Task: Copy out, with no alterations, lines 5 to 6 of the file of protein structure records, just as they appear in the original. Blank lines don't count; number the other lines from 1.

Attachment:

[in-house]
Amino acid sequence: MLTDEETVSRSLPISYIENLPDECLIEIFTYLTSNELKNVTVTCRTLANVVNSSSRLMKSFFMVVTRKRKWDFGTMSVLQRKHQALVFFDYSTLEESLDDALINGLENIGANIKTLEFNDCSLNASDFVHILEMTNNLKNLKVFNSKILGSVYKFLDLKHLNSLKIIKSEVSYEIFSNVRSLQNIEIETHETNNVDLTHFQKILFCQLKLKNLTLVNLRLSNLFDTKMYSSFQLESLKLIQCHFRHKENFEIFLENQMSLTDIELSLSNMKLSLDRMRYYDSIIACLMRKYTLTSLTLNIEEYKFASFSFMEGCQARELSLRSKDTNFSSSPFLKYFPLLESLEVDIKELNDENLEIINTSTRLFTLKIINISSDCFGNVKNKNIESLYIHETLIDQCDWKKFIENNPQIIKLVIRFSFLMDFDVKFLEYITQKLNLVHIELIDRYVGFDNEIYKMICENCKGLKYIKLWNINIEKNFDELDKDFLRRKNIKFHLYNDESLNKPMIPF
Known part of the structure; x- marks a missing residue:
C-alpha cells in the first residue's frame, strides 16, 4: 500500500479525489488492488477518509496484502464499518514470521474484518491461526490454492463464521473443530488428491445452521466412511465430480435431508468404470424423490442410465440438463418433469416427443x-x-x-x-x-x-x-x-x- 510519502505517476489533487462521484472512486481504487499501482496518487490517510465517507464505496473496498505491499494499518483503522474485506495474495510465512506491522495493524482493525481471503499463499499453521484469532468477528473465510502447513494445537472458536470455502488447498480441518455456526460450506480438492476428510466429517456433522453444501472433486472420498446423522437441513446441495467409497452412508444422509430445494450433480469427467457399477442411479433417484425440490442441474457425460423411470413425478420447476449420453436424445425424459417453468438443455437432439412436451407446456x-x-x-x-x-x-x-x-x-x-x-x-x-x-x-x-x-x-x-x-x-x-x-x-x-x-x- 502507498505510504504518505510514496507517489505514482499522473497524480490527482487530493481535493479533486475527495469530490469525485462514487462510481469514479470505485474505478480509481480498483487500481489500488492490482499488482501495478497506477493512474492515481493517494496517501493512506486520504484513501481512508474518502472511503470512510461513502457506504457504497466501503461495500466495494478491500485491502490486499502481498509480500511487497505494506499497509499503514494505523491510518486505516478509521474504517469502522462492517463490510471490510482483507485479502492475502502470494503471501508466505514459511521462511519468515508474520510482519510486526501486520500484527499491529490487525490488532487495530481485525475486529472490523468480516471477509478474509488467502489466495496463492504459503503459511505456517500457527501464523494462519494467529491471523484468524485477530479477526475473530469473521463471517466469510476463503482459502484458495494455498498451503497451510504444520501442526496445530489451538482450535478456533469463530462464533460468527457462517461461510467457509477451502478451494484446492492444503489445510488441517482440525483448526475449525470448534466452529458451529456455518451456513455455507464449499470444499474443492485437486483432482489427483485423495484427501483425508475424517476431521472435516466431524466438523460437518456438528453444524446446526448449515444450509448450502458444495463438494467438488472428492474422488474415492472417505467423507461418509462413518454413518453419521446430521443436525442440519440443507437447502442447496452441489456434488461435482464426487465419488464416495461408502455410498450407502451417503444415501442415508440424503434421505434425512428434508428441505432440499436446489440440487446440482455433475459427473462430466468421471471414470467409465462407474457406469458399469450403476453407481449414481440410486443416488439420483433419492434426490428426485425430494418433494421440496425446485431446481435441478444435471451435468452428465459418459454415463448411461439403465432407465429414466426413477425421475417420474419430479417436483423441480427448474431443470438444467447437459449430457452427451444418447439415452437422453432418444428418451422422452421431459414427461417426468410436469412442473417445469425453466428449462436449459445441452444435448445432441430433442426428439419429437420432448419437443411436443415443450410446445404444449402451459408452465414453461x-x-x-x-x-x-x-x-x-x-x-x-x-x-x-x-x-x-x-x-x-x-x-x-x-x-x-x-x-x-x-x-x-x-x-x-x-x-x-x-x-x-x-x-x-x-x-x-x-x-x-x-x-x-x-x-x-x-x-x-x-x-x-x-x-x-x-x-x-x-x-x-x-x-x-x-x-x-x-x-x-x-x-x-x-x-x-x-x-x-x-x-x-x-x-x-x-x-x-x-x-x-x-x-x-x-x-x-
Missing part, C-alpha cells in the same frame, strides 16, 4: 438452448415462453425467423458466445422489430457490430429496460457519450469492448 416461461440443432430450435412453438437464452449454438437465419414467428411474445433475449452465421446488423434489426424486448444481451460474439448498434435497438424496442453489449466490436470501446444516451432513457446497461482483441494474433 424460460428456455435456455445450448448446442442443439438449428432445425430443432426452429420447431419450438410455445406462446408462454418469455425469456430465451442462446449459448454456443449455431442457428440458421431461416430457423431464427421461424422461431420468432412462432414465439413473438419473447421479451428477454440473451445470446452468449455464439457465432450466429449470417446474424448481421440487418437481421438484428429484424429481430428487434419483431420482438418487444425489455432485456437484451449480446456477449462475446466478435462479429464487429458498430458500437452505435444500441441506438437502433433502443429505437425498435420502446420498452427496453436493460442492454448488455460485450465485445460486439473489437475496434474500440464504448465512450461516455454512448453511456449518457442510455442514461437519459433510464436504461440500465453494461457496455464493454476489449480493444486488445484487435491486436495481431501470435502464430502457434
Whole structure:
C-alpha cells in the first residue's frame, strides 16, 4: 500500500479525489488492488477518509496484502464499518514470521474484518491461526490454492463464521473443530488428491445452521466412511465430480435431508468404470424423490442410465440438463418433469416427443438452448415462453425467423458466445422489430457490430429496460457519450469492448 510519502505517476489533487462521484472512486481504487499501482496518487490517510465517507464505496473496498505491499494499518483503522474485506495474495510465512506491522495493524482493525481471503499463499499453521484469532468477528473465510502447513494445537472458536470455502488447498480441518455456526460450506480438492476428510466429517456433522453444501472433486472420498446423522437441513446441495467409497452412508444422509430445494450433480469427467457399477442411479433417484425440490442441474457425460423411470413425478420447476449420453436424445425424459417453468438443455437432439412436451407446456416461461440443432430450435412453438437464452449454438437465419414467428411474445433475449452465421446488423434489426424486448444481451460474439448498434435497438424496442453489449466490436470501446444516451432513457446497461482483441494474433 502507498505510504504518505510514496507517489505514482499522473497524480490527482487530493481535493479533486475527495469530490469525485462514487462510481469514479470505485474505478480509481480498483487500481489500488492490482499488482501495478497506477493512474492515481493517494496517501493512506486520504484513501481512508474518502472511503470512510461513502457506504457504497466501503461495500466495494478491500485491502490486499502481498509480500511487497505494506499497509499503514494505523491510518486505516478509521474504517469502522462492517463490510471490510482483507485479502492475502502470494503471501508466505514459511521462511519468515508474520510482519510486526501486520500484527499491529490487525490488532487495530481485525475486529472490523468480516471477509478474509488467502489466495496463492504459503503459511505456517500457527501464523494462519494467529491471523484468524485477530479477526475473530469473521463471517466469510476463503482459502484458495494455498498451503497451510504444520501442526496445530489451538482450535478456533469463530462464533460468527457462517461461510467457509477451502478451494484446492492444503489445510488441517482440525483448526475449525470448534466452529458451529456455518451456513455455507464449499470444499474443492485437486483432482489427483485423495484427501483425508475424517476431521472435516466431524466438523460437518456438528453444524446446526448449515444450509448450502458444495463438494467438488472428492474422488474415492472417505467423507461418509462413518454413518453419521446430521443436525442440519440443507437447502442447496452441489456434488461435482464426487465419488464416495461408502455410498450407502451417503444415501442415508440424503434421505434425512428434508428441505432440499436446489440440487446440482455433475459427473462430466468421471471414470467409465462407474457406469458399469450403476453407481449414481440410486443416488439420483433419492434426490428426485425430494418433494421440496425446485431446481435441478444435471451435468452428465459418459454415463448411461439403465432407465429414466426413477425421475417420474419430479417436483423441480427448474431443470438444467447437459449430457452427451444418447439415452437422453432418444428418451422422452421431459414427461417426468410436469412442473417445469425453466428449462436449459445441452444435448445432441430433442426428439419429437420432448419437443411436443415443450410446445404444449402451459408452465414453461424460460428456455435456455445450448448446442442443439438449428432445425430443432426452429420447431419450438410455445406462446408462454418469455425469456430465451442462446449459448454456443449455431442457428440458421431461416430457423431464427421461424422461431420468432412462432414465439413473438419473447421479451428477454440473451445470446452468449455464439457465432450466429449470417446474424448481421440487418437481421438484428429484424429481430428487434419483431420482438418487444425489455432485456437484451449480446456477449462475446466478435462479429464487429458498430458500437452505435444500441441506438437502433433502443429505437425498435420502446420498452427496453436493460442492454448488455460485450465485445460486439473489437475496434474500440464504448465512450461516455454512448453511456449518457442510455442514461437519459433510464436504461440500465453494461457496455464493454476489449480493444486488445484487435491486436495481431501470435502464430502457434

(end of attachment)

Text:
Missing part, C-alpha cells in the same frame, strides 16, 4: 438452448415462453425467423458466445422489430457490430429496460457519450469492448 416461461440443432430450435412453438437464452449454438437465419414467428411474445433475449452465421446488423434489426424486448444481451460474439448498434435497438424496442453489449466490436470501446444516451432513457446497461482483441494474433 424460460428456455435456455445450448448446442442443439438449428432445425430443432426452429420447431419450438410455445406462446408462454418469455425469456430465451442462446449459448454456443449455431442457428440458421431461416430457423431464427421461424422461431420468432412462432414465439413473438419473447421479451428477454440473451445470446452468449455464439457465432450466429449470417446474424448481421440487418437481421438484428429484424429481430428487434419483431420482438418487444425489455432485456437484451449480446456477449462475446466478435462479429464487429458498430458500437452505435444500441441506438437502433433502443429505437425498435420502446420498452427496453436493460442492454448488455460485450465485445460486439473489437475496434474500440464504448465512450461516455454512448453511456449518457442510455442514461437519459433510464436504461440500465453494461457496455464493454476489449480493444486488445484487435491486436495481431501470435502464430502457434
Whole structure: